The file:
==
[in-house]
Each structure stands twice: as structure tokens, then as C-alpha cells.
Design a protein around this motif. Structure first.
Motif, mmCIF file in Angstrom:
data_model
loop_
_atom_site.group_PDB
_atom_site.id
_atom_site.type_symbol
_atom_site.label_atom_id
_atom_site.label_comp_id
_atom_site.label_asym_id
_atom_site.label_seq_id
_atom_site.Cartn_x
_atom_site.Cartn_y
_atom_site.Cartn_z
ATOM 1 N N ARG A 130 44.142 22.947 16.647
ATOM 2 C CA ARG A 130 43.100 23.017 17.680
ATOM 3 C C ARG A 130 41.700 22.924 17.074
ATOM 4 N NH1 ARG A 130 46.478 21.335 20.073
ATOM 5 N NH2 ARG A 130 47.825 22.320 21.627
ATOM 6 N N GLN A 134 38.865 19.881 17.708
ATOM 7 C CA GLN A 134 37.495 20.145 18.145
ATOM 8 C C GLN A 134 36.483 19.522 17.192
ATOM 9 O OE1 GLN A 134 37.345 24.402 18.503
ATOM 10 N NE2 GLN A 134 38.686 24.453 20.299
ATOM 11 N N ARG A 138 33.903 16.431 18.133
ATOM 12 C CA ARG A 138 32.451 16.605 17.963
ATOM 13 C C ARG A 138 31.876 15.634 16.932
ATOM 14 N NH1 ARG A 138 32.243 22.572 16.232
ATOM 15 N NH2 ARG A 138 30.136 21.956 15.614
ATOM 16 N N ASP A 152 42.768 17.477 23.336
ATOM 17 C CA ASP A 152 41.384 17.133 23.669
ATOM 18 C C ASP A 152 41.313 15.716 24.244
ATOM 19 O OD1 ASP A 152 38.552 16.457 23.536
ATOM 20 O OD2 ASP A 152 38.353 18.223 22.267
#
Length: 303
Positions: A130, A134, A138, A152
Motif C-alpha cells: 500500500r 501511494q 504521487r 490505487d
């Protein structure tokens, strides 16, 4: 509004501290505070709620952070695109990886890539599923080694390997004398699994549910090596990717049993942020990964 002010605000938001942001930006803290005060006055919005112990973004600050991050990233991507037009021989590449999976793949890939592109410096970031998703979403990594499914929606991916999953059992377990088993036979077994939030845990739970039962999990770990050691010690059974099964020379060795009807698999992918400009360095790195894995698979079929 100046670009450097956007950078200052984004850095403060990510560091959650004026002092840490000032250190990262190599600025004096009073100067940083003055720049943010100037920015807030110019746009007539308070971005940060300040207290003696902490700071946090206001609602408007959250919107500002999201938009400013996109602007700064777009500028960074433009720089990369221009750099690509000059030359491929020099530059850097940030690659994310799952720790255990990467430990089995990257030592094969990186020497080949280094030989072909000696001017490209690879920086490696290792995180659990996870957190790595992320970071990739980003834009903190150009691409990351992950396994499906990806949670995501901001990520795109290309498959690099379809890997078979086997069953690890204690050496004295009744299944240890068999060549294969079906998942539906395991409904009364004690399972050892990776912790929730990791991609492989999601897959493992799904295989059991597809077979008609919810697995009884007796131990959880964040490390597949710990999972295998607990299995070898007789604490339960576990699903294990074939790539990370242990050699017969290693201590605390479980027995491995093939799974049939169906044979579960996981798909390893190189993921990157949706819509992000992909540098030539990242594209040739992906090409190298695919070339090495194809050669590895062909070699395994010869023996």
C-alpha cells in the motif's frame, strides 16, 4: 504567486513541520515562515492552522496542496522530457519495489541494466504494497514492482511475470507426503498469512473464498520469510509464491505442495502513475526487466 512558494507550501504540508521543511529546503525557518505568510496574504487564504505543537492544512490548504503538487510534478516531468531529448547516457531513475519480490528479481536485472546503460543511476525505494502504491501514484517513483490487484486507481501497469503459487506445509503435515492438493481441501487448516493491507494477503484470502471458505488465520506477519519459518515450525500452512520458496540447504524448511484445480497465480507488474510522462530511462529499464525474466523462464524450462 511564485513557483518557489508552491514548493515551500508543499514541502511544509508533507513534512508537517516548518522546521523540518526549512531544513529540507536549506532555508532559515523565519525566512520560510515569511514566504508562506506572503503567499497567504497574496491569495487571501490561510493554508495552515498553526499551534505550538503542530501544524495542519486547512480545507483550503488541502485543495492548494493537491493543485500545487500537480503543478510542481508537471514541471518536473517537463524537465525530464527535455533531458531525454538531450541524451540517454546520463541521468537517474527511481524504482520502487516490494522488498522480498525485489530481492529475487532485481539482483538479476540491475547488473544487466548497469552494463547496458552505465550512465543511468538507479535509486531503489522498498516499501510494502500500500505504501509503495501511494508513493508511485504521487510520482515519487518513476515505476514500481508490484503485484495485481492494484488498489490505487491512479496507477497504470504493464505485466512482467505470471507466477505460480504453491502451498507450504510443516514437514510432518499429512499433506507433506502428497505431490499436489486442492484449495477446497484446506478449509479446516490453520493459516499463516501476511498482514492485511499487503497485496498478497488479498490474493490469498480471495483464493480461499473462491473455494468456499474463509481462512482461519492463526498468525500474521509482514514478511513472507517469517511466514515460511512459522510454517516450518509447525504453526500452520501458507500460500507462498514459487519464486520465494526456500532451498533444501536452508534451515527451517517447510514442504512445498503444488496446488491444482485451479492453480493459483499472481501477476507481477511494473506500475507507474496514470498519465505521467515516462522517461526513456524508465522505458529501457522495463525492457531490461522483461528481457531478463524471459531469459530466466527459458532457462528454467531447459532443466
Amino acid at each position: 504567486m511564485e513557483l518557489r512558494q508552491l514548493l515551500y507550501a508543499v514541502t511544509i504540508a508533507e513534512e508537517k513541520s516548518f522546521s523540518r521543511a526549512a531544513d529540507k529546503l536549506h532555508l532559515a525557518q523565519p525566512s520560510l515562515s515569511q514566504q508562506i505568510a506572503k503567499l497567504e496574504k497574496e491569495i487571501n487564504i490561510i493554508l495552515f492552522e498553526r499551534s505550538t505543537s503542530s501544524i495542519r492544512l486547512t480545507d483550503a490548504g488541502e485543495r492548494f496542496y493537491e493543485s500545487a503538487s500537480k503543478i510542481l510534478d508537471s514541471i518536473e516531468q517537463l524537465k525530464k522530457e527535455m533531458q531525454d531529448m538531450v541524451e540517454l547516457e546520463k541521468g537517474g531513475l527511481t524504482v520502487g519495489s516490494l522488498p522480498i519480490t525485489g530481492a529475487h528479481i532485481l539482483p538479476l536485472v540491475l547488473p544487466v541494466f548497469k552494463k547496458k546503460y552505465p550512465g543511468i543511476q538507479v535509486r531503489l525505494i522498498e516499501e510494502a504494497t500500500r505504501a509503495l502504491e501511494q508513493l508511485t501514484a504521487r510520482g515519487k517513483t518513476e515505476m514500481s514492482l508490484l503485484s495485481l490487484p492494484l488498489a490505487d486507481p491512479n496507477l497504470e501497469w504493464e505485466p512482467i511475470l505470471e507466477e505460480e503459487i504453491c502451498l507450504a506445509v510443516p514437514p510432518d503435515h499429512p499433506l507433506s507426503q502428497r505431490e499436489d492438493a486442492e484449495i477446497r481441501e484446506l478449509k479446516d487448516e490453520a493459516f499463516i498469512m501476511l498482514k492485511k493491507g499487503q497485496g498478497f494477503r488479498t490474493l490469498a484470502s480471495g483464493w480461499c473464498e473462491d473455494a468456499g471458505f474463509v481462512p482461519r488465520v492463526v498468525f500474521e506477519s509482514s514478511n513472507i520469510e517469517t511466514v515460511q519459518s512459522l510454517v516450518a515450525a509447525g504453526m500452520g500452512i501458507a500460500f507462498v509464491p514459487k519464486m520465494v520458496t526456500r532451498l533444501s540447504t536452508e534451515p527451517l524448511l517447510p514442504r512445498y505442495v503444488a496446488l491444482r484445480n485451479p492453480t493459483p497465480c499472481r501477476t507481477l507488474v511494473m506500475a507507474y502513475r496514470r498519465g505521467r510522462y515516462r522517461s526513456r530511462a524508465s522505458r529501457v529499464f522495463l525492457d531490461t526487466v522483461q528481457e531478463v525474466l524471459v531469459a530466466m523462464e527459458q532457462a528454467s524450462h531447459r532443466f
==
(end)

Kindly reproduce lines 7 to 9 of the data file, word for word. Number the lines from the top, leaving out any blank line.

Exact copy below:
_atom_site.group_PDB
_atom_site.id
_atom_site.type_symbol